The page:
Following O'Shea et al. (2006), we note that the measured time delays from the different line pairs may be used to estimate propagation speeds for the waves assumed to be causing the oscillations. In order to calculate the propagation speeds one needs information on the height difference in the atmosphere between the different lines in the line pairs. In O'Shea et al. (2006), these height differences were calculated using limb brightening measurements. Using these same height difference values, but with the time delays measured here in the coronal holes, we show in Table 2 the resulting calculated propagation speeds. It may be clearly seen that the speeds measured at the different line pairs are clearly subsonic in both the equatorial and polar regions. As quoted in O'Shea et al. (2006), the sound speed at the temperature of Mg X is 171 km s-1 and 241 km s-1 at the temperature of Si XII. Therefore, we see from these results that the propagation speeds in the coronal holes are subsonic and that the waves are therefore likely to be slow magnetoacoustic waves. We note that the propagation speeds measured here are much lower than the values of $154\pm18$ km s-1 measured for the O V 629-Mg X 624 line pair, the value of $201\pm17$ km s-1 measured for the Mg X 629-Si XII 520 line pair and the value of $218\pm28$ km s-1 measured for the O V 629-Si XII 520 line pair in the off-limb polar regions discussed in the paper by O'Shea et al. (2006). One reason for this may be to do with projection effects, that is, the open-field regions assumed to contain the waves may be inclined relative to the line-of-sight. However, in the off-limb data, the waves are assumed to be propagating close to 90 $\hbox {$^\circ $ }$ to the line-of-sight, and yet it is there that we see the larger velocities. In comparision, for the equatorial coronal hole datasets we might expect the waves to be propagating at more acute angles, in the observer's line-of-sight. If we assume that the difference in propagation speeds on and off-disk is not related to projection effects then something else must account for the large difference found. We suggest that the differences in the propagation speeds are related to a more complicated magnetic geometry present in the open field regions on the disk, i.e., in the coronal holes. For example, the equatorial coronal holes are typically associated with decayed active regions (cf. Figs. 1 and 2) and so it is to be expected that the open magnetic field in these regions will not be as uncomplicated as in the polar regions. Hence, the use of the height differences measured using limb brightening and the consequent assumption of a plane parallel atmosphere in the on-disk coronal holes may not be correct.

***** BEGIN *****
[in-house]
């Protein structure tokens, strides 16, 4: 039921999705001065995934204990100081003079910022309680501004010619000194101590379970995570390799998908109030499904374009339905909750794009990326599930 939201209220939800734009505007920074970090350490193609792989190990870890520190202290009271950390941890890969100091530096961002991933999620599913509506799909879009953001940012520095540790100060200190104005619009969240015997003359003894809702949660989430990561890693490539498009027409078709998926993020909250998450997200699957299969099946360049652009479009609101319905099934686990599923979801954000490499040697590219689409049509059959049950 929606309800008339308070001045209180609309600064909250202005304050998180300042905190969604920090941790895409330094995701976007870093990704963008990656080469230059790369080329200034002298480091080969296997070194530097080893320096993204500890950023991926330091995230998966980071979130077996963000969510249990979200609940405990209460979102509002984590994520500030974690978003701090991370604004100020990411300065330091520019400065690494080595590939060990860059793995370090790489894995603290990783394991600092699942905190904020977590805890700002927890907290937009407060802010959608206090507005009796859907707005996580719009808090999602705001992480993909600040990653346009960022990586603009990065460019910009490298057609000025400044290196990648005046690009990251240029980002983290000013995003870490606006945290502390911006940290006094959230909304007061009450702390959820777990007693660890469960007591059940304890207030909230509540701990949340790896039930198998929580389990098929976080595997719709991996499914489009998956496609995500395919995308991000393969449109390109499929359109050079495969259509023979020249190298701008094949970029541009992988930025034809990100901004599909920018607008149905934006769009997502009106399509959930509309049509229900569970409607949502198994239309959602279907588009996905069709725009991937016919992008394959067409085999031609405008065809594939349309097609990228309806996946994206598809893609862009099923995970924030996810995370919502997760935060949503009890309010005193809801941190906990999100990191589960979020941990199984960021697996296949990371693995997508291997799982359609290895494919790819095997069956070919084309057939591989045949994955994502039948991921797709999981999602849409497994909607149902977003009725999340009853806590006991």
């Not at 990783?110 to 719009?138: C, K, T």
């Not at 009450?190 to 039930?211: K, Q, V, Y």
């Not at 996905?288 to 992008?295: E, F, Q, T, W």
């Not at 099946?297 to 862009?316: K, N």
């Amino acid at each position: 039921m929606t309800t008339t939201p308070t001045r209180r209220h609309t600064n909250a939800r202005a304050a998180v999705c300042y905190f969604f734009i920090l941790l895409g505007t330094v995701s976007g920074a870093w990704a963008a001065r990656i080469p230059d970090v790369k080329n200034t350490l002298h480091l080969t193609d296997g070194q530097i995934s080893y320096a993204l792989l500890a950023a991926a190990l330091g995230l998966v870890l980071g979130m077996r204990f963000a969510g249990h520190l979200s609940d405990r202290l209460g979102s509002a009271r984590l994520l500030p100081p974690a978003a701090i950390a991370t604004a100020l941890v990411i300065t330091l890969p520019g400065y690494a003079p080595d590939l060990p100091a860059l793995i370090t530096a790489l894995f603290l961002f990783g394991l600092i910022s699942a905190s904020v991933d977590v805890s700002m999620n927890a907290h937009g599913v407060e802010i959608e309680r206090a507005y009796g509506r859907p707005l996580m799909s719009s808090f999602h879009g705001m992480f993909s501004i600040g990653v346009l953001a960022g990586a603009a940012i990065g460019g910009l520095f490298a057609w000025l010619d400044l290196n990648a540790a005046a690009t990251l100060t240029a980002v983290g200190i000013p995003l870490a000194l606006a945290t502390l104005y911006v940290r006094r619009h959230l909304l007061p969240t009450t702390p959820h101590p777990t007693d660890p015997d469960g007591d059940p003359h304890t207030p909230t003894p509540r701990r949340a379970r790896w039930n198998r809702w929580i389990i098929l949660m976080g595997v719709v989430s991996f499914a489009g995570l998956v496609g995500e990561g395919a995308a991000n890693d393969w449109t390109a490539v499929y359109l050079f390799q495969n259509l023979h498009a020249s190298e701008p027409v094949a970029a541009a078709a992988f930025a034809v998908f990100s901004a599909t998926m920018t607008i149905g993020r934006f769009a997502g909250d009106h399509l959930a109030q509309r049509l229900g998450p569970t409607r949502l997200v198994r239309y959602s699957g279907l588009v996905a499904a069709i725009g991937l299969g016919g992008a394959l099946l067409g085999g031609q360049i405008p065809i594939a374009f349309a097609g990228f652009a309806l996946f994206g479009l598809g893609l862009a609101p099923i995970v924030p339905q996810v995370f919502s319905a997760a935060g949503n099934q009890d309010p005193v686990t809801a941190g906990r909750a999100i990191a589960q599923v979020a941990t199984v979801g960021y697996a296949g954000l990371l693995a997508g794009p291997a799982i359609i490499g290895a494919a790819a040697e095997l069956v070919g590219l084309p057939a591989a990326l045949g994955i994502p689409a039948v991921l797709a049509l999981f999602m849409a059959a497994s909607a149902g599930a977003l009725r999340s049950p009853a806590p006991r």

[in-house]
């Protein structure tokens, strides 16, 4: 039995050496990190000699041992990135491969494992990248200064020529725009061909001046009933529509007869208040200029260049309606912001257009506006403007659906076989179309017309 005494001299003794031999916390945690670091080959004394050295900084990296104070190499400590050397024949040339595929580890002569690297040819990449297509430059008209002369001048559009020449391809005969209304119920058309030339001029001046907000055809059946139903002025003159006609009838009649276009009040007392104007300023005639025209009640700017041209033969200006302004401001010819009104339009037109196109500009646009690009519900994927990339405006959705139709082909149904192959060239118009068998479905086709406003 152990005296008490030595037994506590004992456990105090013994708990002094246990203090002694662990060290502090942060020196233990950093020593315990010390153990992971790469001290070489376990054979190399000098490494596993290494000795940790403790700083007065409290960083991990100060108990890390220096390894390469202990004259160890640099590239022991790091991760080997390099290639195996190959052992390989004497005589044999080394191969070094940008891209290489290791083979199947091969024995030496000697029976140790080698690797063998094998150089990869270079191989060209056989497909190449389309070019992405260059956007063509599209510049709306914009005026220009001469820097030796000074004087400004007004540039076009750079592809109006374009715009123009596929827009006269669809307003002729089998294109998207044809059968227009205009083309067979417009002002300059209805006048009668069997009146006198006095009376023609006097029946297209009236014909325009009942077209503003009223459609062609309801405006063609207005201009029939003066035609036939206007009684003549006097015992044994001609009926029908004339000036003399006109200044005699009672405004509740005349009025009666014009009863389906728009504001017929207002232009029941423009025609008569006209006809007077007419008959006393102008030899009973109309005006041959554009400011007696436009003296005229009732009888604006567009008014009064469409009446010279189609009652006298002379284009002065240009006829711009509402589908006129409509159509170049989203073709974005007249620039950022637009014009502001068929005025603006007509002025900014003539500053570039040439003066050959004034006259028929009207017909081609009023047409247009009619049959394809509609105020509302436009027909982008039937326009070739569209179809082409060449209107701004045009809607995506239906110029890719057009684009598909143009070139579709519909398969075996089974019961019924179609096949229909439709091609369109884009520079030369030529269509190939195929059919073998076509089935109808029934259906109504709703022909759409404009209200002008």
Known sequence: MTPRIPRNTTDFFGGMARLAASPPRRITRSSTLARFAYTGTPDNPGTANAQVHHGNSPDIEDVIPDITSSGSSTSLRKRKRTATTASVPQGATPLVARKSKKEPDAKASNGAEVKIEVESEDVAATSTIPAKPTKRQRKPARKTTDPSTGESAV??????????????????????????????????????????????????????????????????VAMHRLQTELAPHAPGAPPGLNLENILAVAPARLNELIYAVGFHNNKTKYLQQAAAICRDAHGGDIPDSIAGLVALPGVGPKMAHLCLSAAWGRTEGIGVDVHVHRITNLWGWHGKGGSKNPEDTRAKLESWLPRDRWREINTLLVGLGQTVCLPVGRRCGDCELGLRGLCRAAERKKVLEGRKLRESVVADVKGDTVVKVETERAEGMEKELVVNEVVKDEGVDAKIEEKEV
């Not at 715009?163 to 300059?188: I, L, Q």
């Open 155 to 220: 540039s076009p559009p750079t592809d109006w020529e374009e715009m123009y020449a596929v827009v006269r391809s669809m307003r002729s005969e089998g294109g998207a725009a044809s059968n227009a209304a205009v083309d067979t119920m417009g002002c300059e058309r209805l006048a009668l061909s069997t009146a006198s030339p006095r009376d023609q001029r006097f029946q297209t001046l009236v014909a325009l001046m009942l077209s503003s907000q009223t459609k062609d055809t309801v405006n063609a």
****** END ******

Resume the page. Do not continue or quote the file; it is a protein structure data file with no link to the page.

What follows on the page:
\begin{figure}